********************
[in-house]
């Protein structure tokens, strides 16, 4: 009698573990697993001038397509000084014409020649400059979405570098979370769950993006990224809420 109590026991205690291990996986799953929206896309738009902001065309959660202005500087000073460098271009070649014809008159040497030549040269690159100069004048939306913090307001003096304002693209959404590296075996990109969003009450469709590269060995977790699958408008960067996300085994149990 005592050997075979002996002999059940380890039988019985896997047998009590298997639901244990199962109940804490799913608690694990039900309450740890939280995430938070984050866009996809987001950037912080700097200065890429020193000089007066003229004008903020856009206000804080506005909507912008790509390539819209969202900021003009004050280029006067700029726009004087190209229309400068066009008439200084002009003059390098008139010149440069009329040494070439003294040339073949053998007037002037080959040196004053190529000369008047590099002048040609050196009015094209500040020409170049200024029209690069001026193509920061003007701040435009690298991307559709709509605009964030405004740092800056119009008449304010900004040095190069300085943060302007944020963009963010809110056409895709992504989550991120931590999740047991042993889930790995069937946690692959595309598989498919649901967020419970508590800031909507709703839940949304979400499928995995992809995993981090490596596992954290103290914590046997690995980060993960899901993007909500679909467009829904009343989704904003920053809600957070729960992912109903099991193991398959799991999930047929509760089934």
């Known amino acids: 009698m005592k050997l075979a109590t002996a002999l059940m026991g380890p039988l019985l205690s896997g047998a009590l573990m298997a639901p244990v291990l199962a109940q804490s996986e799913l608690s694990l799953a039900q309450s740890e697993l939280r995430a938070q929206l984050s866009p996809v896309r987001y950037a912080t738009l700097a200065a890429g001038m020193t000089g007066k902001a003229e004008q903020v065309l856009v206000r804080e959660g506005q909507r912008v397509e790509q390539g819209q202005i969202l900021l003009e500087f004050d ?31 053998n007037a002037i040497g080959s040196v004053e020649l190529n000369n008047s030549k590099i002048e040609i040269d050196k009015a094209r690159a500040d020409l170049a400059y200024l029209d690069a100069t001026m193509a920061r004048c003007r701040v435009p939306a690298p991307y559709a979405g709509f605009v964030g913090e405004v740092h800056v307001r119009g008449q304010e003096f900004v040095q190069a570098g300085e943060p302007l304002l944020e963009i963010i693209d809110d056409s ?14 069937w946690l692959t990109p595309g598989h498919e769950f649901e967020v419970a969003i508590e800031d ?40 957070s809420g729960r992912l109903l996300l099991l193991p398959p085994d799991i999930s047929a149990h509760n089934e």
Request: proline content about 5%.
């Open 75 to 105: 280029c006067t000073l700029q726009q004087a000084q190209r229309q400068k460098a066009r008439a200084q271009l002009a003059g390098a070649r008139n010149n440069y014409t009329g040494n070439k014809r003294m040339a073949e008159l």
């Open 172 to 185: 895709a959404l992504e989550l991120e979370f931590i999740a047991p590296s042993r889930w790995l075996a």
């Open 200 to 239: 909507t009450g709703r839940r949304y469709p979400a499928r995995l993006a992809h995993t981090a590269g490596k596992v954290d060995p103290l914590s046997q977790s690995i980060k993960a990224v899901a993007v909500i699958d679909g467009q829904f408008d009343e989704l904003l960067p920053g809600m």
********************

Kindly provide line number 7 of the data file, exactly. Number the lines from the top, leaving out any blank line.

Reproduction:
């Open 200 to 239: 909507t009450g709703r839940r949304y469709p979400a499928r995995l993006a992809h995993t981090a590269g490596k596992v954290d060995p103290l914590s046997q977790s690995i980060k993960a990224v899901a993007v909500i699958d679909g467009q829904f408008d009343e989704l904003l960067p920053g809600m």